THE SHOP

Performance & Hotrod Business - Mar. '15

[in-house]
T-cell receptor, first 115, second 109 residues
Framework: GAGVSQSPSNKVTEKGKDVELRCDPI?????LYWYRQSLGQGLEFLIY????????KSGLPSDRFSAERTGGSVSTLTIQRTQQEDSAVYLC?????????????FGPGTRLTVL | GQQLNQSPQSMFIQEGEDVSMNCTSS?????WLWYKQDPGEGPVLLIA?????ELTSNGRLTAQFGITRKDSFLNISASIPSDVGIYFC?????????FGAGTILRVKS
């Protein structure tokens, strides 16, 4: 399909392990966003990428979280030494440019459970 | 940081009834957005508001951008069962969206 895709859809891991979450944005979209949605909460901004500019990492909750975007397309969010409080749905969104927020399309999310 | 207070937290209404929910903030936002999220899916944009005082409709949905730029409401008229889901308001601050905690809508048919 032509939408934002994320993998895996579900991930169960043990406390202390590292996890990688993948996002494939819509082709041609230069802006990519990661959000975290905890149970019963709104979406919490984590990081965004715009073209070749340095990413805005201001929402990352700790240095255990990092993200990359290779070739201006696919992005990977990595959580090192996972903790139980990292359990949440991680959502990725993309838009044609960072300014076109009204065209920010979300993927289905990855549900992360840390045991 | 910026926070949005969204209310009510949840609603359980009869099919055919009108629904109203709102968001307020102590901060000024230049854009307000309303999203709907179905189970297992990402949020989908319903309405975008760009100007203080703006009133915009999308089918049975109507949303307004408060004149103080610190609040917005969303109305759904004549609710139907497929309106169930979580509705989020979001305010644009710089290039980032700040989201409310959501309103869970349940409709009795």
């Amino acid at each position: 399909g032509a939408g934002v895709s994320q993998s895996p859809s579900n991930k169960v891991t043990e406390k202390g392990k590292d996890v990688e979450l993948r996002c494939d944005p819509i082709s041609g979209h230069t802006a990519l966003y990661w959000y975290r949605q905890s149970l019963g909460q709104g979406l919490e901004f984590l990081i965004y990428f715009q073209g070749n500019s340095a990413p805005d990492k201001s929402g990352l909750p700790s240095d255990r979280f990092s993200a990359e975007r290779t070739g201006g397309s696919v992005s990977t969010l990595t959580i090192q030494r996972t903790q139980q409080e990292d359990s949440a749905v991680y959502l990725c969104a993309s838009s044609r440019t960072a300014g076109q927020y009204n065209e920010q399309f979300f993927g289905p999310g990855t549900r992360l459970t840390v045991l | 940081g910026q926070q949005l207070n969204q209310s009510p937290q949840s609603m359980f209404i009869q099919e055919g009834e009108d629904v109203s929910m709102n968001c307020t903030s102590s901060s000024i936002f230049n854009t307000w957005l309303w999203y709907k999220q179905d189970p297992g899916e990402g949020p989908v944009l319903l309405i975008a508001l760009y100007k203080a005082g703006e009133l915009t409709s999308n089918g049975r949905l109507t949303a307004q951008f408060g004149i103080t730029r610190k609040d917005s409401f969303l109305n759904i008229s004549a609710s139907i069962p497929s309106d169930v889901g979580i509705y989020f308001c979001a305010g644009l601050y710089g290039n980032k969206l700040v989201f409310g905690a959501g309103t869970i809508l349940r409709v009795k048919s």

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50 n Performance & Hotrod Business n March 2015 HOTROD Even import engines are thriving. "Fifteen years ago we had a hard time finding good rings in metric bore sizes," Meza recalls. "Now there are high-quality rings to be had in even the 'weird metric' sizes." So applications are expanding—and so is demand for all-out custom parts. "The more detailed a restoration or street project becomes," says Urcis, "the greater the chance that a custom piston will be indicated. Shelf parts are always compromised in some way, compared to what an 'ideal' piston would be. Like many other things, a good piston is the result of the least compromise. The closer all the parameters of the piston match the appli- cation, the more power and longevity will be realized." And as McFarland points out: "Custom pistons often lead to shelf-stocked pistons. Our PowerPak line is built around sup- plying the 'custom' features and applica- tions with the consistency, availability and affordability that a shelf-stocked part provides." Urcis outlines some of the special fea- tures available on custom pistons. Such as, all CP-Carrillo pistons come with double pin oilers—that is, two passages diverting pressurized oil from the oil ring groove to the wrist pin. "That just helps the pin last longer," says Urcis. Also standard from CP-Carrillo is an accumulator groove between the top and second rings, which allows more combus- tion gas to, well, accumulate between the rings without back-pressuring to the top ring and causing it to float. The company also double-cuts all its ring grooves. "Aluminum retains residual stress from the forging process," Urcis explains, "so the more you cut it, the more it tries to move on its own." Double-cutting means cutting an undersized ring groove, then finish- machining the piston, then re-cutting the ring grooves as the very last operation, to ensure accuracy. Options offered by CP-Carrillo and others include gas ports, which allow some combustion gas behind the rings to aid sealing. This is particularly desirable with the low-tension rings that are becom- ing increasingly popular (more about this later). Kellering (named for the Keller trac- ing mill) is a low-speed, high-accuracy machining process that can shape a piston dome (or dish) to closely match the inner contours of the head, which is desirable in high-compression, low-clearance applica- tions. And then of course there's under- head milling, which uses a similar process to remove weight. These features "all have a purpose," says Urcis, "so knowing what they are and what they do is very important. Many others are also useful and available." Piston Ringers Some of the most significant advances, at both the racing and OE levels, have involved piston rings. "Smaller ring packages have proven to offer numerous benefits," McFarland says, "and MAHLE has been incorporating them into most every piston we produce. The smaller rings are lighter, create less drag and are more conformable, result- ing in increased sealing and oil control. Additionally, they allow the piston designer to add material—for increased strength— in key high-stress areas. A good example is the cross-section between the valve pocket and the top ring groove, which is a com- mon area for piston failure." The biggest thing in piston rings is the new material technology, adds Keith Jones of Total Seal in Phoenix. Potential leak paths. (Image courtesy Total Seal Inc.) The second leak path is due to a poor surface finish on the axial faces. (Image courtesy Total Seal Inc.) The third leak path is between the face and the cylinder wall. (Image courtesy Total Seal Inc.) The first potential leak path is at the ring end gap. (Image courtesy Total Seal Inc.)

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